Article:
Culture brings home the flavour of Puja season in Chennai
CHENNAI: What is a Bengali gathering without some intellectual exercise, and what better time to showcase talent other than the few days of Durga puja festivity. Months before the dhak (drum) beats herald the arrival of goddess Durga, Bengalis across the city gear up to hone their skills in dance, music and theatre.
True to this ritual, members of Bengali associations come together to spot their in-house talent and pool in resources to put up a music, drama and drama performance. “Culture is an indelible part of our being and defines us. So we ensure that these four days is as much about food, rituals, and new clothes as it is promoting talent,” says Ardhendu Chakraborty of Dakshin Chennai Prabasi Cultural Association on Old Mahabalipuram Road. In its second year, the new puja on the block is trying to capture the cosmopolitan flavour of the celebrations in the city by inviting an amateur Tamil band on Tuesday, Chennai vocalists Jaya Rajagopalan and Pramod Nair on Wednesday apart from a traditional Odissi performance and Bengali plays scripted, directed and acted by the members. “Since many of the members are Tamil and Punjabi who also take part in the celebrations, we want the programmes to have a variety that represents our diversity,” says Chakraborty.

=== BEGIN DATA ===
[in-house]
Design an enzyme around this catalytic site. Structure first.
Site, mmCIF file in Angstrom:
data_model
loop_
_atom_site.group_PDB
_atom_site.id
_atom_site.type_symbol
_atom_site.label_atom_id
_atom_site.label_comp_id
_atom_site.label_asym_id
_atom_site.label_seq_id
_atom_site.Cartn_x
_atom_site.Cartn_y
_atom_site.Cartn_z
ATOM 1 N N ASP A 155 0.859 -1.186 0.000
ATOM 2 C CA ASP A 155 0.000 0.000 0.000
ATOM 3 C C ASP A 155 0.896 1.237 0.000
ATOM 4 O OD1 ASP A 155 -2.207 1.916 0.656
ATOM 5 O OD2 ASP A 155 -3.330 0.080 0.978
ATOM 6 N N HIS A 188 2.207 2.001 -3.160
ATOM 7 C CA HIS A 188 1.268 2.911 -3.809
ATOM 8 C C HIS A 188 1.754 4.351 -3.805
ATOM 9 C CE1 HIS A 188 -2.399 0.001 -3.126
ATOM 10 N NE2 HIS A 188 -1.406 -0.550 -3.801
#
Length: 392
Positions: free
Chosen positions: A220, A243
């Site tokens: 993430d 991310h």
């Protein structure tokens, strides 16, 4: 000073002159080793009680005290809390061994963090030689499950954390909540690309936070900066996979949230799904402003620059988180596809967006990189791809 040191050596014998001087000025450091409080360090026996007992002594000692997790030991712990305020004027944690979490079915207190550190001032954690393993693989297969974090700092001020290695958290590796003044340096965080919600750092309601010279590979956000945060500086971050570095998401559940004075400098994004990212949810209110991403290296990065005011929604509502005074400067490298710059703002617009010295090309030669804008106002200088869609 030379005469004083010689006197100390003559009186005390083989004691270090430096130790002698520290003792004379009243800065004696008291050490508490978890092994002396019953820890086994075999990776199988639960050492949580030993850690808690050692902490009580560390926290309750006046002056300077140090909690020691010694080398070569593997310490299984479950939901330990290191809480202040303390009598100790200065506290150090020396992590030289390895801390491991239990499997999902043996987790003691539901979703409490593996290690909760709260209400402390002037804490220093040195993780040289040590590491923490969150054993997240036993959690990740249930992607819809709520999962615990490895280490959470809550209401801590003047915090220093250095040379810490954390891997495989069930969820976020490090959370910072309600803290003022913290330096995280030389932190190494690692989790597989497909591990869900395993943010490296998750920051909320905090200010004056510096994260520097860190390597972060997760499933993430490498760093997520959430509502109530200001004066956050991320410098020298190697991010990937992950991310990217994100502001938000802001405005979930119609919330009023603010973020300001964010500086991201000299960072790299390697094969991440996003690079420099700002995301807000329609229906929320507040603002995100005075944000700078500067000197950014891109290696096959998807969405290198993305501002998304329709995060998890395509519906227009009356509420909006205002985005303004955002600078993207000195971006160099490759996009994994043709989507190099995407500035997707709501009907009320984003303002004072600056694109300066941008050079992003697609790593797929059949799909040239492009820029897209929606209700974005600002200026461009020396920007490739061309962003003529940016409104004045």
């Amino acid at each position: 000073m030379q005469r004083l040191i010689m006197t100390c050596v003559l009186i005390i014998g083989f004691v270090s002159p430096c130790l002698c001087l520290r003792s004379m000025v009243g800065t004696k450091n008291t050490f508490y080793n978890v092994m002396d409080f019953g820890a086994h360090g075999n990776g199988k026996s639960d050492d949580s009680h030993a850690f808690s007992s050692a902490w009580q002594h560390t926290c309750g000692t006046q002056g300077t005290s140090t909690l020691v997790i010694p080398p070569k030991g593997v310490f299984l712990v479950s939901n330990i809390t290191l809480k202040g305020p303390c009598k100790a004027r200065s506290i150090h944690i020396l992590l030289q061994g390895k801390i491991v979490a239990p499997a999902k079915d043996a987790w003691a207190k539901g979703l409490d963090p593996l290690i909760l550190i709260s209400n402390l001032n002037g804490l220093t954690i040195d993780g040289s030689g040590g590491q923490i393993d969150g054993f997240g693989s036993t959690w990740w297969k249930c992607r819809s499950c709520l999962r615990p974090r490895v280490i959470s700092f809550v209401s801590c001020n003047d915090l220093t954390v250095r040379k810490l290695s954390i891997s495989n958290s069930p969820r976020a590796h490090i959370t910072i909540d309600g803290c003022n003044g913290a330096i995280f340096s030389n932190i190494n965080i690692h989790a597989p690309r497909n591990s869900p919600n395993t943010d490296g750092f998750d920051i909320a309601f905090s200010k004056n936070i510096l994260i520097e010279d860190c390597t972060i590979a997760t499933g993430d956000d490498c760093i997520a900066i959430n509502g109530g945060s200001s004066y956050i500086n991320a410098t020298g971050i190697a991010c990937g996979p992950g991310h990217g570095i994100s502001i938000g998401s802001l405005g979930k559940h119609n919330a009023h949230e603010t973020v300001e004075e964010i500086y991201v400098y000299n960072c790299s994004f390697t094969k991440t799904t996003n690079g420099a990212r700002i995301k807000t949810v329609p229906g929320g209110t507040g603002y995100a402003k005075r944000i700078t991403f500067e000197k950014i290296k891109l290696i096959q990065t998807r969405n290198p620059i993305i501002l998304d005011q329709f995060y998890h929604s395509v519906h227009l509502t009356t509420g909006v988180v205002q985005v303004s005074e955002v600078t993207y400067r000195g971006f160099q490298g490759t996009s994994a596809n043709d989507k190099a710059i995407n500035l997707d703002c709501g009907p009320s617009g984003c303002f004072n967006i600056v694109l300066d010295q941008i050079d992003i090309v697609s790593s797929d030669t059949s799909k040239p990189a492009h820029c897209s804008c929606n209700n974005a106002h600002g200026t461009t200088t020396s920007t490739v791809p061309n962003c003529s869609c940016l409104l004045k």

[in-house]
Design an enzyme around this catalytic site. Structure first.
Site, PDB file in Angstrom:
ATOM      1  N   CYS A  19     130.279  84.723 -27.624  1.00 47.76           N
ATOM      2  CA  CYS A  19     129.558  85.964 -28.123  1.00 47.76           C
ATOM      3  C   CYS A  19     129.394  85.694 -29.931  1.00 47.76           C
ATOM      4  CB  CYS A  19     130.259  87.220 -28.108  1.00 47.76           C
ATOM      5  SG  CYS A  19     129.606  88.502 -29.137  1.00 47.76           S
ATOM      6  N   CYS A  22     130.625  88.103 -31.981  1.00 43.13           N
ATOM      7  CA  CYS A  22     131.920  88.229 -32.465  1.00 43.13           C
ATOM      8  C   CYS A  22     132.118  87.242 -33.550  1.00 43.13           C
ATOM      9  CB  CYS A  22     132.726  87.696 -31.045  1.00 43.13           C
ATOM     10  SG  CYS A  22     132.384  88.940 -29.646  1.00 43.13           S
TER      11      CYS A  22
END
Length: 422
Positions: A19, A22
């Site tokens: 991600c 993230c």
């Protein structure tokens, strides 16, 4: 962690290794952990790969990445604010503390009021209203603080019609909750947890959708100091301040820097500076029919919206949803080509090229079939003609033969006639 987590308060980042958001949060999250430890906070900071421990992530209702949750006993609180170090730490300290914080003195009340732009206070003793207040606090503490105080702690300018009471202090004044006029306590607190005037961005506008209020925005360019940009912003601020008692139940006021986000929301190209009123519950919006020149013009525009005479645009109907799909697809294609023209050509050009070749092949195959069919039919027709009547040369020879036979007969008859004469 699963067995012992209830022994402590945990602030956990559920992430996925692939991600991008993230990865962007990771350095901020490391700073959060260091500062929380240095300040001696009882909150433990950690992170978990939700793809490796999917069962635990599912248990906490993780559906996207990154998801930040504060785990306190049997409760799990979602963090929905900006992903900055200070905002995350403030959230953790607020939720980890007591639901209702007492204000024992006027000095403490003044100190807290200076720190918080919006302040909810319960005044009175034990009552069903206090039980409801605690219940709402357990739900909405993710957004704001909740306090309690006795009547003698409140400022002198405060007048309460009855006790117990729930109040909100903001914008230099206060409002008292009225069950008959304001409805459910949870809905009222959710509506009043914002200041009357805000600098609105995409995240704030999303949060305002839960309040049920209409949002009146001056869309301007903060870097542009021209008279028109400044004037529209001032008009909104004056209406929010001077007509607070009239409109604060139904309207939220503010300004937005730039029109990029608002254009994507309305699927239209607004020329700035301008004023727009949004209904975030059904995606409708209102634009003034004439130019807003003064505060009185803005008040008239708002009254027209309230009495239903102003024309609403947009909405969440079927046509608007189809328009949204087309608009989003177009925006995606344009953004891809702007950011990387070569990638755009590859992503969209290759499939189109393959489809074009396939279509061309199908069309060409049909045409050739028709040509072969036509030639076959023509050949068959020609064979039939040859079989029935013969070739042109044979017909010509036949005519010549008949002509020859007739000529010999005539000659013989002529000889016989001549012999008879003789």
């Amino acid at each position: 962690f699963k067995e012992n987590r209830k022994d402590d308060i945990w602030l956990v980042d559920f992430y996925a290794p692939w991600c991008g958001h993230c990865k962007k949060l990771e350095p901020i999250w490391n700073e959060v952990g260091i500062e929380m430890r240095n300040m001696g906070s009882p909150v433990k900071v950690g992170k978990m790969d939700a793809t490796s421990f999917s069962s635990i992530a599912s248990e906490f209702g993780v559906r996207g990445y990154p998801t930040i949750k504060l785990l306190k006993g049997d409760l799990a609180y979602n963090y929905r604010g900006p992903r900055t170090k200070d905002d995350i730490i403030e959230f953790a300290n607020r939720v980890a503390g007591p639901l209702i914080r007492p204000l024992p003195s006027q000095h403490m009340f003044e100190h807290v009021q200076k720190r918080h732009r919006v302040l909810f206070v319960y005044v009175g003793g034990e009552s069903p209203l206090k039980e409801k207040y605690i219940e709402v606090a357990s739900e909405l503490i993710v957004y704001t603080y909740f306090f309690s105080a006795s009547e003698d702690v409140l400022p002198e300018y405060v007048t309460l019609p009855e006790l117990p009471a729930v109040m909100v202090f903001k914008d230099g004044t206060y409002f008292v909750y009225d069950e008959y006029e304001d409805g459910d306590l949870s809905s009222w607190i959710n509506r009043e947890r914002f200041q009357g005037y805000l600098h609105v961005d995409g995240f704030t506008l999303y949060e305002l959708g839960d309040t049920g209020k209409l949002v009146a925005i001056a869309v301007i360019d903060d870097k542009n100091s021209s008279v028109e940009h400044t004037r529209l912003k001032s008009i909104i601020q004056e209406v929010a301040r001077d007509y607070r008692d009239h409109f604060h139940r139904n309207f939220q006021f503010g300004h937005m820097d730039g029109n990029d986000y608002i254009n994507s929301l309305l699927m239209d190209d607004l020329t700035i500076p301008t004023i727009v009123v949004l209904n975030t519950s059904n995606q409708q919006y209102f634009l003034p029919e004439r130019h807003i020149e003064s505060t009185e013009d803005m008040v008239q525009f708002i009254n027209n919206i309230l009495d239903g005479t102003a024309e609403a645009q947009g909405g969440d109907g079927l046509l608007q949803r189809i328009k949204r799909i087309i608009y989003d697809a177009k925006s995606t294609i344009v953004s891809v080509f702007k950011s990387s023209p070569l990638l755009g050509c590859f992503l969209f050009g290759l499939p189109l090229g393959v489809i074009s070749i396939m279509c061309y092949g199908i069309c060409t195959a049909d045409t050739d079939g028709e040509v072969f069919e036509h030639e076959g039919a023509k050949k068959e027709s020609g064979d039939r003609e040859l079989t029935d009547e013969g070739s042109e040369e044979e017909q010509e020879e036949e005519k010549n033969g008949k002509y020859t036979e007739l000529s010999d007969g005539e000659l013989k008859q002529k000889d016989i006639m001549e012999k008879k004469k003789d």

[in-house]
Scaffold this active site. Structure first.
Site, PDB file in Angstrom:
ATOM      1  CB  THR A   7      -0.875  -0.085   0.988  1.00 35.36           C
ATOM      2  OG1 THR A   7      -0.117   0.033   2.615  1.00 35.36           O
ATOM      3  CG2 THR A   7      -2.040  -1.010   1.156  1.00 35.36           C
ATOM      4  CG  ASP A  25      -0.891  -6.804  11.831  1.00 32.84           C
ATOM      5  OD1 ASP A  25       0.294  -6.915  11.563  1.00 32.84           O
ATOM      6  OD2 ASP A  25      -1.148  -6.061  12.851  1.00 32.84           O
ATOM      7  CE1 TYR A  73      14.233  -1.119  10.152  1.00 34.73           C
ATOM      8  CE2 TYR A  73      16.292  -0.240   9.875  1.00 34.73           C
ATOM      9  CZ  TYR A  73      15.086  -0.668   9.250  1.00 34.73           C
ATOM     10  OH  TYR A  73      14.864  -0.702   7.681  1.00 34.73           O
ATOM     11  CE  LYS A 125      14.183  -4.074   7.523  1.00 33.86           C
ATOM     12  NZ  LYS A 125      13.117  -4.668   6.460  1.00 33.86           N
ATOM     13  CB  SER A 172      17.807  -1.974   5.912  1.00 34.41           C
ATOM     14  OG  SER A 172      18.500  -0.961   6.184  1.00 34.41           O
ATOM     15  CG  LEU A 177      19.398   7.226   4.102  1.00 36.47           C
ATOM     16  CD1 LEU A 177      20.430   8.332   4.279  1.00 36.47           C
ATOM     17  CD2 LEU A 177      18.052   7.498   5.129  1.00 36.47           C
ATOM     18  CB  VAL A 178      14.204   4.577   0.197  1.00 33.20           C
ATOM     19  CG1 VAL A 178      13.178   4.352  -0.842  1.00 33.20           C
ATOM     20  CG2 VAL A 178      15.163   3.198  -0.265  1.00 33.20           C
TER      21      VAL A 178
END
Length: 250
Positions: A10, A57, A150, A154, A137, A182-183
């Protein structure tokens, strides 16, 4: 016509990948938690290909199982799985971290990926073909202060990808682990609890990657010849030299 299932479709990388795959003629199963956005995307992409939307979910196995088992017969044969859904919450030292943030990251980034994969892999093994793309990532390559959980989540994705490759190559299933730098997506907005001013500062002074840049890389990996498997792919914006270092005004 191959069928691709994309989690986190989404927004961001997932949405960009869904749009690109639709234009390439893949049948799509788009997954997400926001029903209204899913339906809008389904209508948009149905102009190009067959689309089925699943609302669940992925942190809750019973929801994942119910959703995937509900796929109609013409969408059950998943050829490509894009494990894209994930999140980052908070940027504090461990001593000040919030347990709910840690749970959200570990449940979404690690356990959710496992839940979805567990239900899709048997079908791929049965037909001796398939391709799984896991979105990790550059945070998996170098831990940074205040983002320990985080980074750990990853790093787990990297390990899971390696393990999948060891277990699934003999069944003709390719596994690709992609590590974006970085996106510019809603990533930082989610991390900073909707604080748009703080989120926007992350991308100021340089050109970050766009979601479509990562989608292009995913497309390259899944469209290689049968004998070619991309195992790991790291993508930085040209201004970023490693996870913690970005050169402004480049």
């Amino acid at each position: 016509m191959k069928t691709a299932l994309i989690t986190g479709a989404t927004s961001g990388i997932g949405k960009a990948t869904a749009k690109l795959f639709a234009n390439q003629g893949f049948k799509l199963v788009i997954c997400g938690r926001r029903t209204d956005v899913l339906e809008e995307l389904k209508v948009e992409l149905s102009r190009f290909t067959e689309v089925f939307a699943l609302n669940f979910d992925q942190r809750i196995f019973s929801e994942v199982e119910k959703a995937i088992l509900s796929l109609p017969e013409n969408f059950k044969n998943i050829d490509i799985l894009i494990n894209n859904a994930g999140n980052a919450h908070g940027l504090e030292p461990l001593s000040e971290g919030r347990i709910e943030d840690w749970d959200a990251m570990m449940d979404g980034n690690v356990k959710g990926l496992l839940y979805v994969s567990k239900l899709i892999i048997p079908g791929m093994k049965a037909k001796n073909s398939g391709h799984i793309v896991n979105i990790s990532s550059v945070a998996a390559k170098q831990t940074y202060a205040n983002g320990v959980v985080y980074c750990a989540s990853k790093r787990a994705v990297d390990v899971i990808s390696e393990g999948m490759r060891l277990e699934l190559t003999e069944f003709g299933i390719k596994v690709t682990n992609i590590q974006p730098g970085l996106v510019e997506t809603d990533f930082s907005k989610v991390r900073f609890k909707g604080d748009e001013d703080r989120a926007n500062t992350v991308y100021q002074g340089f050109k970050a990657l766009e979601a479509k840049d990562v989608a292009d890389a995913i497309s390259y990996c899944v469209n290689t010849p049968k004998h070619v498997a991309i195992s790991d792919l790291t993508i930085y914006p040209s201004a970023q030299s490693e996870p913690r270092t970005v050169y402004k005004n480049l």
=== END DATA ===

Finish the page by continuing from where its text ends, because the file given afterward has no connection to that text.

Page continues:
The star performer for the Bengalis in the city this time would be Bratati Bandyopadhyay, the famous elocutionist from Kolkata, who would be reciting poems from her album ‘Ami-Sei Meye’ on Wednesday at the Bengal Association in T Nagar. “We Bengalis are fond of recitation and that is where the idea of getting someone like Bratati came up,” says Soumya Guhathakurta of the puja committee. Apart from the T Nagar puja will have a few members putting up a play and a few musical programmes.